September is Sexual Health Awareness Month, a perfect time for Pediatricians to discuss this topic with adolescent patients and their parents. This month, tackle your review of sexual health with these high-yield pearls you must know from the Adolescent Medicine & Sexual Health section of our 9th Edition Pediatrics Core.
Special Issues of Adolescents
There are many health and development issues that become relevant when a child reaches adolescence–especially in the areas of sexual development, social development, and mental health. Test questions about adolescence frequently involve sexually transmitted infections (STIs), birth control, menstrual irregularities, pregnancy, testicular pain/masses, substance abuse, injuries, mental illness, emancipation rights, and/or guidelines for preventive health care.
Adolescents receive much of their care in emergency departments, often for non-urgent reasons. In office and clinical settings, adolescents more often seek care for acute episodic illnesses and are often hesitant to agree (or bother) to attend routine preventive care visits. Preventive care visits generally comprise slightly >25% of all visits. The most common reasons for other visits are related to suspected or actual pregnancy, STIs, upper respiratory infections, acute musculoskeletal injuries, and acne vulgaris.
It is important to remember that many adolescents present with a chief complaint that they feel is “more acceptable” or “less threatening” than their true concern; e.f., a 15-year-old adolescent girl who presents with a “sore throat” but has missed a period and fears she is pregnant.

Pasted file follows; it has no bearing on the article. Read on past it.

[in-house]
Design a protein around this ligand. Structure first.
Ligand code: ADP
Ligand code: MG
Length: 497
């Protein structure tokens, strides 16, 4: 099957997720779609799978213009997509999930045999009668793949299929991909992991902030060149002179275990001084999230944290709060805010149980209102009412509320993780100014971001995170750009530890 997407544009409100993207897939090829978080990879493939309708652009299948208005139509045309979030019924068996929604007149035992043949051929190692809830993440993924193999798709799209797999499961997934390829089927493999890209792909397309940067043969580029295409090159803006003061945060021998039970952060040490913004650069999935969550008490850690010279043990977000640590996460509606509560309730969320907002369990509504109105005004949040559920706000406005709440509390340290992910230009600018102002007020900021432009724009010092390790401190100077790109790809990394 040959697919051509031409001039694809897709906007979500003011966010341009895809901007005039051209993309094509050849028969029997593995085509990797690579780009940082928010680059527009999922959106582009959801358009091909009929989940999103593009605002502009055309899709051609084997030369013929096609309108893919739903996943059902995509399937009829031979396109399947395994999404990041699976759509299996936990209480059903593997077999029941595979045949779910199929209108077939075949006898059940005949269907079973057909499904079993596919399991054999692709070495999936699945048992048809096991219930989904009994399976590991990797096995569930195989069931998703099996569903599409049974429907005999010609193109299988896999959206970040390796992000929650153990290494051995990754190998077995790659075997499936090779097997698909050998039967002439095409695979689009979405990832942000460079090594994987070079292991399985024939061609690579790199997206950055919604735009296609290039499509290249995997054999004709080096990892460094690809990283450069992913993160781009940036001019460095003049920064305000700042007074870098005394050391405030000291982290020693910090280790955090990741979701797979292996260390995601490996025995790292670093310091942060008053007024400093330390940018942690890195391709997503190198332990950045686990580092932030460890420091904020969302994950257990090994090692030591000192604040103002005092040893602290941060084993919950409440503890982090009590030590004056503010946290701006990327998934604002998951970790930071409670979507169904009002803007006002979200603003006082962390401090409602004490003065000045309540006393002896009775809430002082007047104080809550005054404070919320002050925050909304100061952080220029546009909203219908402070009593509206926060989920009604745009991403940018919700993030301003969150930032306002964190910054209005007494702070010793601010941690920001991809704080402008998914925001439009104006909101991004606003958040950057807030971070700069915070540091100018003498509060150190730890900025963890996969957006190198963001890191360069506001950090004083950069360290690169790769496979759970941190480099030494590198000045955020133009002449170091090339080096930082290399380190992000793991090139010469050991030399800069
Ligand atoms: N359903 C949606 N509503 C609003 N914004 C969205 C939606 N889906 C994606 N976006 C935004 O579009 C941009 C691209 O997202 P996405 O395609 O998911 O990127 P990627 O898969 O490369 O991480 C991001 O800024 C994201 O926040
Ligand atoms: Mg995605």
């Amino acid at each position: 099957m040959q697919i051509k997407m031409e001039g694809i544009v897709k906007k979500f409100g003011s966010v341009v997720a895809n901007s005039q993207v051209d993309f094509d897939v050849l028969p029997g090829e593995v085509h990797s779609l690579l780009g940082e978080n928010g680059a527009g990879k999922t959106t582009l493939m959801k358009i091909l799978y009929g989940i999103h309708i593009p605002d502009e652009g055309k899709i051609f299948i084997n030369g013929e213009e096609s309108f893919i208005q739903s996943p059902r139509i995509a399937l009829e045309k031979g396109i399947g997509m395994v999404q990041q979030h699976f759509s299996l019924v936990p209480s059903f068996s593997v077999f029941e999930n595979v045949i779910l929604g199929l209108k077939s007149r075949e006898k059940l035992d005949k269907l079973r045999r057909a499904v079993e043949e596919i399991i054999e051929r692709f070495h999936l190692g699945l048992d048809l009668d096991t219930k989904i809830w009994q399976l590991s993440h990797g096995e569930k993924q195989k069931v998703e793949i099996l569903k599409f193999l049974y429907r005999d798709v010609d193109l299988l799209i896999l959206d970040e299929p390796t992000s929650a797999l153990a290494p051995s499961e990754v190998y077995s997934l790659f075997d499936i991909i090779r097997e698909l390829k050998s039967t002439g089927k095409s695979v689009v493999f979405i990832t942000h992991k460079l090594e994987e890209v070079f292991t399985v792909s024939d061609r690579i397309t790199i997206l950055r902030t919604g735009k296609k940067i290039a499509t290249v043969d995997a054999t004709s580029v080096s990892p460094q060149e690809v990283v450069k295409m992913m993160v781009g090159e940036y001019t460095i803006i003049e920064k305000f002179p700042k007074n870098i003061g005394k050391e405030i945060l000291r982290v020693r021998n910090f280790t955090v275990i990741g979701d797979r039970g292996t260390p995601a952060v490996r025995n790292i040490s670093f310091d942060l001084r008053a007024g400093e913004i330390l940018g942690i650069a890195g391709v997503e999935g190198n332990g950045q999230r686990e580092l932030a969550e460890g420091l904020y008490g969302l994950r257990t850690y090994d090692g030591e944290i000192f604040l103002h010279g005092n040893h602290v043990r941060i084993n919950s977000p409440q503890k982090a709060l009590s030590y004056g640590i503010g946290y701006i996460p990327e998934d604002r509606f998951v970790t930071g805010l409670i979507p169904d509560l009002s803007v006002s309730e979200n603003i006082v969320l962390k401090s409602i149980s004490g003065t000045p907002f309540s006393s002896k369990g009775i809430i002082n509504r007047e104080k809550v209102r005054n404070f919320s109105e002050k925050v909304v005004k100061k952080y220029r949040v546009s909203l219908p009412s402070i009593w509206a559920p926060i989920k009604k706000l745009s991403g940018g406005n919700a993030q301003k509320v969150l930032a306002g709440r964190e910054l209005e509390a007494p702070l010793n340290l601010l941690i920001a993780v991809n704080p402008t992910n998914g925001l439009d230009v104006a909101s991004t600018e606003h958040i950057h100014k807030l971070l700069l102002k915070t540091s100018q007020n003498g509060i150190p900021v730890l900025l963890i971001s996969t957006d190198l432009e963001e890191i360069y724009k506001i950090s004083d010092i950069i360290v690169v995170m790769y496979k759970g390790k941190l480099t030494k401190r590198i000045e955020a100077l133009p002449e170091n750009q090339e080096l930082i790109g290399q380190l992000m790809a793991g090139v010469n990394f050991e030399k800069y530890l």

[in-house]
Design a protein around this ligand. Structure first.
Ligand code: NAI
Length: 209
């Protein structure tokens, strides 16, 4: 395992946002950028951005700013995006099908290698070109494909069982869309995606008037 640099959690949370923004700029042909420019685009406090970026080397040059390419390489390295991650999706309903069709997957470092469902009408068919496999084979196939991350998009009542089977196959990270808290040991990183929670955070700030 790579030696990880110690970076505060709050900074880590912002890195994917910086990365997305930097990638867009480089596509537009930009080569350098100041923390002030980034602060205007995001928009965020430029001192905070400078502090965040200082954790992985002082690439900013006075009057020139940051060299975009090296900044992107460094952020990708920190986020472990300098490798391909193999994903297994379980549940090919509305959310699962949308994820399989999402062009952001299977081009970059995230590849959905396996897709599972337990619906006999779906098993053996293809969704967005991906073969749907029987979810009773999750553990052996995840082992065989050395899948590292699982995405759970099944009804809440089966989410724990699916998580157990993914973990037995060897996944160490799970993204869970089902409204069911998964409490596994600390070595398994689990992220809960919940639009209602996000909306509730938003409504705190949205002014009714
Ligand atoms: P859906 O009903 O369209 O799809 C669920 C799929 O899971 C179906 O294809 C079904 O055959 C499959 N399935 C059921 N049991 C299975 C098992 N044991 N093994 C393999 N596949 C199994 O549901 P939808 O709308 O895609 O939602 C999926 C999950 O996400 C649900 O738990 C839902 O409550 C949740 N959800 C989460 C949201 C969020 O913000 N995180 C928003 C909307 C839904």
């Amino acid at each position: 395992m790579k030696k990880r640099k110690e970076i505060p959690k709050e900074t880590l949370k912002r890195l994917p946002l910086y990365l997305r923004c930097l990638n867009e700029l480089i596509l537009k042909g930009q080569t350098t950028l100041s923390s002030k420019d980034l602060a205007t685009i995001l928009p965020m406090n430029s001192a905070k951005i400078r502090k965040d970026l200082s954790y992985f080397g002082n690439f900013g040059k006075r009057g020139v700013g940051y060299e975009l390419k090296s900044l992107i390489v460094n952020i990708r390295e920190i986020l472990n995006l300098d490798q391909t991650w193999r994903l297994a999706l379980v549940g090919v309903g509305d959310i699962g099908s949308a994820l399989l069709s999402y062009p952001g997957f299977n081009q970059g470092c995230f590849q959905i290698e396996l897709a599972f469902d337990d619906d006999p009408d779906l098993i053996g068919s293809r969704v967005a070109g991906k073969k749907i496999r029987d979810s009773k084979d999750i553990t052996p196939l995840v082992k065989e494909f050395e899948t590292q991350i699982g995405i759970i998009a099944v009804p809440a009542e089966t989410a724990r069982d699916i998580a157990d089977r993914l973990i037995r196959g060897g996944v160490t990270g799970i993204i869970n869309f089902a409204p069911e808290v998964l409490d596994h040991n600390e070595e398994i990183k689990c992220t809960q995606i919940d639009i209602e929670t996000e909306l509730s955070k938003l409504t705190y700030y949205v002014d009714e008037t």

Pregnancy and related conditions account for most female adolescent hospitalizations, dwarfing all other causes.
Prevalence of STIs
On average, teens in the U.S. have sex for the 1st time at 16-17 years of age. Approximately 40% of high schoolers report having had sexual intercourse; 30% report being currently sexually active. Prevalence of current sexual activity increases with age, rising from 10% in 9th graders to 57% in high school seniors. Adolescents and young adults commonly acquire STIs; 15- to 24-year-olds represent 50% of all new STIs. Prevalence rates vary, but 10-25% of sexually active adolescents have C. trachomatis (many are asymptomatic). The reported rates of Chlamydia and gonorrhea are highest among females 15-19 years of age. The incidence of HSV infection is as high as 30% in some adolescent populations; most are asymptomatic. An additional concern is that 20-60% of sexually active female adolescents have HPV infection, predisposing them to cervical cancer.
Prevention of STIs include:
- Risk assessment, education and counseling
- Behavioral factors that increase the risk of acquiring an STI include:
- A recent (within 60 days) new sex partner
- Multiple sex partners; sex partner with multiple other partners
- Sex with partners recently treated for an STI
- No or inconsistent condom use
- Trading sex for money or drugs; sexual contact with a sex worker(s)
- Vaccination: hepatitis A, hepatitis B, and HPV vaccines
- Accurate diagnosis, treatment, and counseling of adolescents with STIs and their sexual partner(s)